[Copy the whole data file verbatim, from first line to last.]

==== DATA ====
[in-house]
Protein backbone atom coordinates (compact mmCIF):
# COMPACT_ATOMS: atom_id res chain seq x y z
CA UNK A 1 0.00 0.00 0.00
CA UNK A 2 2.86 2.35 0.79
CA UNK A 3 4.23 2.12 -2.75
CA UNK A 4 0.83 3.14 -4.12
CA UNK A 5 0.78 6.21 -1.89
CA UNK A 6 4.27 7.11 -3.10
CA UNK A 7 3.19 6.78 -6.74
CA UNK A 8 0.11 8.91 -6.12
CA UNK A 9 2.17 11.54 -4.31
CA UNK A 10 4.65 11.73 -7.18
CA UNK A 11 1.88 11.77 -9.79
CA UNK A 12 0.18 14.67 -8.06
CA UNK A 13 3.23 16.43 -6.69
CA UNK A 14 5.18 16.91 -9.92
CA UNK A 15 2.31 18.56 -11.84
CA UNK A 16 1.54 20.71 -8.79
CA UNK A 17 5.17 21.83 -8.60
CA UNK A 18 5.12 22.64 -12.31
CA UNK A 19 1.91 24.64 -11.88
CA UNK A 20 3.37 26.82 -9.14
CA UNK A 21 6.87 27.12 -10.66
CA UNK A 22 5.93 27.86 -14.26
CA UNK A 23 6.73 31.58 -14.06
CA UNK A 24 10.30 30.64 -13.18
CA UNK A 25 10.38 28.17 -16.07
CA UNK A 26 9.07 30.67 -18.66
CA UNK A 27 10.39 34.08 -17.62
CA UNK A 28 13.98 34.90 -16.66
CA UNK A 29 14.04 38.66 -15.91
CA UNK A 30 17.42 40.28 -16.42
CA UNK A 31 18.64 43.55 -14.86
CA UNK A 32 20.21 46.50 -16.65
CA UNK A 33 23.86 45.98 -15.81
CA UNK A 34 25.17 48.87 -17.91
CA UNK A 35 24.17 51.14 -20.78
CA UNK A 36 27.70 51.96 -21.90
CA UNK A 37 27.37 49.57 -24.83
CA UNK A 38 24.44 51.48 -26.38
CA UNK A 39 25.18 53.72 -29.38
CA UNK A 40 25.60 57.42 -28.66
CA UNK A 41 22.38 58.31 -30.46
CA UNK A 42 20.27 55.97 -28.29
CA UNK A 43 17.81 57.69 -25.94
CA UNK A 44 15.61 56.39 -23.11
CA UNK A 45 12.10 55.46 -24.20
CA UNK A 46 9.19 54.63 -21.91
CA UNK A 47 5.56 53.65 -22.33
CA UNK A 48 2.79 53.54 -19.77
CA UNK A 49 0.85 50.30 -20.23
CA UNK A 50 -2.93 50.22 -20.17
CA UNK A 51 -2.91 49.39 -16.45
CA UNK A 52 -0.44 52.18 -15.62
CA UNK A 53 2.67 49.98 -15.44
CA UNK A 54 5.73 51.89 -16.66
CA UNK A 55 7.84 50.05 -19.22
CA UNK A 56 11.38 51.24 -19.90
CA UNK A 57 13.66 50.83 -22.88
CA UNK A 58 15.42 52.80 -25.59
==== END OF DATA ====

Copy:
[in-house]
Protein backbone atom coordinates (compact mmCIF):
# COMPACT_ATOMS: atom_id res chain seq x y z
CA UNK A 1 0.00 0.00 0.00
CA UNK A 2 2.86 2.35 0.79
CA UNK A 3 4.23 2.12 -2.75
CA UNK A 4 0.83 3.14 -4.12
CA UNK A 5 0.78 6.21 -1.89
CA UNK A 6 4.27 7.11 -3.10
CA UNK A 7 3.19 6.78 -6.74
CA UNK A 8 0.11 8.91 -6.12
CA UNK A 9 2.17 11.54 -4.31
CA UNK A 10 4.65 11.73 -7.18
CA UNK A 11 1.88 11.77 -9.79
CA UNK A 12 0.18 14.67 -8.06
CA UNK A 13 3.23 16.43 -6.69
CA UNK A 14 5.18 16.91 -9.92
CA UNK A 15 2.31 18.56 -11.84
CA UNK A 16 1.54 20.71 -8.79
CA UNK A 17 5.17 21.83 -8.60
CA UNK A 18 5.12 22.64 -12.31
CA UNK A 19 1.91 24.64 -11.88
CA UNK A 20 3.37 26.82 -9.14
CA UNK A 21 6.87 27.12 -10.66
CA UNK A 22 5.93 27.86 -14.26
CA UNK A 23 6.73 31.58 -14.06
CA UNK A 24 10.30 30.64 -13.18
CA UNK A 25 10.38 28.17 -16.07
CA UNK A 26 9.07 30.67 -18.66
CA UNK A 27 10.39 34.08 -17.62
CA UNK A 28 13.98 34.90 -16.66
CA UNK A 29 14.04 38.66 -15.91
CA UNK A 30 17.42 40.28 -16.42
CA UNK A 31 18.64 43.55 -14.86
CA UNK A 32 20.21 46.50 -16.65
CA UNK A 33 23.86 45.98 -15.81
CA UNK A 34 25.17 48.87 -17.91
CA UNK A 35 24.17 51.14 -20.78
CA UNK A 36 27.70 51.96 -21.90
CA UNK A 37 27.37 49.57 -24.83
CA UNK A 38 24.44 51.48 -26.38
CA UNK A 39 25.18 53.72 -29.38
CA UNK A 40 25.60 57.42 -28.66
CA UNK A 41 22.38 58.31 -30.46
CA UNK A 42 20.27 55.97 -28.29
CA UNK A 43 17.81 57.69 -25.94
CA UNK A 44 15.61 56.39 -23.11
CA UNK A 45 12.10 55.46 -24.20
CA UNK A 46 9.19 54.63 -21.91
CA UNK A 47 5.56 53.65 -22.33
CA UNK A 48 2.79 53.54 -19.77
CA UNK A 49 0.85 50.30 -20.23
CA UNK A 50 -2.93 50.22 -20.17
CA UNK A 51 -2.91 49.39 -16.45
CA UNK A 52 -0.44 52.18 -15.62
CA UNK A 53 2.67 49.98 -15.44
CA UNK A 54 5.73 51.89 -16.66
CA UNK A 55 7.84 50.05 -19.22
CA UNK A 56 11.38 51.24 -19.90
CA UNK A 57 13.66 50.83 -22.88
CA UNK A 58 15.42 52.80 -25.59